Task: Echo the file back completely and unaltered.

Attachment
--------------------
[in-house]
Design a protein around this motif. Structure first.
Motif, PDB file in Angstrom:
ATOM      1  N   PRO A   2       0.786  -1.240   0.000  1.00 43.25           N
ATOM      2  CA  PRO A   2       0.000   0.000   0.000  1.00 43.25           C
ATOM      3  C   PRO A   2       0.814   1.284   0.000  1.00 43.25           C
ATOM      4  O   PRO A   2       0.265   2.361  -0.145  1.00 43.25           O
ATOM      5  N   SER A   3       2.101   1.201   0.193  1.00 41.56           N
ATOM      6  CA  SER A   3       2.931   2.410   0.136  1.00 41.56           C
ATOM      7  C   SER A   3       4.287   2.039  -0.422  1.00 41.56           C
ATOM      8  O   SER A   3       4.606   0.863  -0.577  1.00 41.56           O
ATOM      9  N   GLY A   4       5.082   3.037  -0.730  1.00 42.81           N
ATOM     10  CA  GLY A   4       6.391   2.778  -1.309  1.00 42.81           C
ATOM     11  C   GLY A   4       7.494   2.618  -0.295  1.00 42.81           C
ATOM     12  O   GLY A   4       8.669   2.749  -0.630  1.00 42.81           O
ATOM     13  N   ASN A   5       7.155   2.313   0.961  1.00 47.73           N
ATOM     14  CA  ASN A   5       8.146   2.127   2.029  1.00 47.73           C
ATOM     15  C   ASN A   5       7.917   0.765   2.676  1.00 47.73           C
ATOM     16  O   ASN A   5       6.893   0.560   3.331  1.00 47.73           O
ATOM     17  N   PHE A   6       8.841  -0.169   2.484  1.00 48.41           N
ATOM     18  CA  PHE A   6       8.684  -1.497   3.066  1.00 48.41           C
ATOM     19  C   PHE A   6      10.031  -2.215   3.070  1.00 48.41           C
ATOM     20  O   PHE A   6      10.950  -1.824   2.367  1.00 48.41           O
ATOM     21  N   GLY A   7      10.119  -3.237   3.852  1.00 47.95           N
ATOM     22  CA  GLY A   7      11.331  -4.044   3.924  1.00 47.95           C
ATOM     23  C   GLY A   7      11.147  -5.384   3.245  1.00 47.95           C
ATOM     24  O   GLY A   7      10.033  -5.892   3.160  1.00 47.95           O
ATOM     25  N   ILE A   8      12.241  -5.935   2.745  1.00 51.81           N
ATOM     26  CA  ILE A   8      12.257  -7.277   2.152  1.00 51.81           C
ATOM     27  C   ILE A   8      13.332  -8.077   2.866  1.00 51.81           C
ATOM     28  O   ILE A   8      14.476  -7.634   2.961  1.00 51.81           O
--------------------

[in-house]
Design a protein around this motif. Structure first.
Motif, PDB file in Angstrom:
ATOM      1  N   PRO A   2       0.786  -1.240   0.000  1.00 43.25           N
ATOM      2  CA  PRO A   2       0.000   0.000   0.000  1.00 43.25           C
ATOM      3  C   PRO A   2       0.814   1.284   0.000  1.00 43.25           C
ATOM      4  O   PRO A   2       0.265   2.361  -0.145  1.00 43.25           O
ATOM      5  N   SER A   3       2.101   1.201   0.193  1.00 41.56           N
ATOM      6  CA  SER A   3       2.931   2.410   0.136  1.00 41.56           C
ATOM      7  C   SER A   3       4.287   2.039  -0.422  1.00 41.56           C
ATOM      8  O   SER A   3       4.606   0.863  -0.577  1.00 41.56           O
ATOM      9  N   GLY A   4       5.082   3.037  -0.730  1.00 42.81           N
ATOM     10  CA  GLY A   4       6.391   2.778  -1.309  1.00 42.81           C
ATOM     11  C   GLY A   4       7.494   2.618  -0.295  1.00 42.81           C
ATOM     12  O   GLY A   4       8.669   2.749  -0.630  1.00 42.81           O
ATOM     13  N   ASN A   5       7.155   2.313   0.961  1.00 47.73           N
ATOM     14  CA  ASN A   5       8.146   2.127   2.029  1.00 47.73           C
ATOM     15  C   ASN A   5       7.917   0.765   2.676  1.00 47.73           C
ATOM     16  O   ASN A   5       6.893   0.560   3.331  1.00 47.73           O
ATOM     17  N   PHE A   6       8.841  -0.169   2.484  1.00 48.41           N
ATOM     18  CA  PHE A   6       8.684  -1.497   3.066  1.00 48.41           C
ATOM     19  C   PHE A   6      10.031  -2.215   3.070  1.00 48.41           C
ATOM     20  O   PHE A   6      10.950  -1.824   2.367  1.00 48.41           O
ATOM     21  N   GLY A   7      10.119  -3.237   3.852  1.00 47.95           N
ATOM     22  CA  GLY A   7      11.331  -4.044   3.924  1.00 47.95           C
ATOM     23  C   GLY A   7      11.147  -5.384   3.245  1.00 47.95           C
ATOM     24  O   GLY A   7      10.033  -5.892   3.160  1.00 47.95           O
ATOM     25  N   ILE A   8      12.241  -5.935   2.745  1.00 51.81           N
ATOM     26  CA  ILE A   8      12.257  -7.277   2.152  1.00 51.81           C
ATOM     27  C   ILE A   8      13.332  -8.077   2.866  1.00 51.81           C
ATOM     28  O   ILE A   8      14.476  -7.634   2.961  1.00 51.81           O